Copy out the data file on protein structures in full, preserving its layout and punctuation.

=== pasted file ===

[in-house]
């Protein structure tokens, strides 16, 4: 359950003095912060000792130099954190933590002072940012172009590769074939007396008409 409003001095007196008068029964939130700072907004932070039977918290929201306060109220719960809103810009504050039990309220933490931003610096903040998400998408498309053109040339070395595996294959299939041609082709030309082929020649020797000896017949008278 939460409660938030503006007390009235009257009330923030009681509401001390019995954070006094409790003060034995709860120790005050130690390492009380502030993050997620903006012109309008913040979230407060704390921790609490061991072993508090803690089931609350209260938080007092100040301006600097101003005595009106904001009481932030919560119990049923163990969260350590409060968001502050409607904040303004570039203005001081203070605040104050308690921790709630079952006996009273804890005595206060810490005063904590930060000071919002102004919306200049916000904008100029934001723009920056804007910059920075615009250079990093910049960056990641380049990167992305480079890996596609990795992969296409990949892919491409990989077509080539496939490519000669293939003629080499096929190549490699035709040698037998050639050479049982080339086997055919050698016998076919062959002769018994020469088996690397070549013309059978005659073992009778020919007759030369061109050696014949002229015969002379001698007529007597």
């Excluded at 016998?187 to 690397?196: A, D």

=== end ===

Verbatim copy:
[in-house]
């Protein structure tokens, strides 16, 4: 359950003095912060000792130099954190933590002072940012172009590769074939007396008409 409003001095007196008068029964939130700072907004932070039977918290929201306060109220719960809103810009504050039990309220933490931003610096903040998400998408498309053109040339070395595996294959299939041609082709030309082929020649020797000896017949008278 939460409660938030503006007390009235009257009330923030009681509401001390019995954070006094409790003060034995709860120790005050130690390492009380502030993050997620903006012109309008913040979230407060704390921790609490061991072993508090803690089931609350209260938080007092100040301006600097101003005595009106904001009481932030919560119990049923163990969260350590409060968001502050409607904040303004570039203005001081203070605040104050308690921790709630079952006996009273804890005595206060810490005063904590930060000071919002102004919306200049916000904008100029934001723009920056804007910059920075615009250079990093910049960056990641380049990167992305480079890996596609990795992969296409990949892919491409990989077509080539496939490519000669293939003629080499096929190549490699035709040698037998050639050479049982080339086997055919050698016998076919062959002769018994020469088996690397070549013309059978005659073992009778020919007759030369061109050696014949002229015969002379001698007529007597």
């Excluded at 016998?187 to 690397?196: A, D």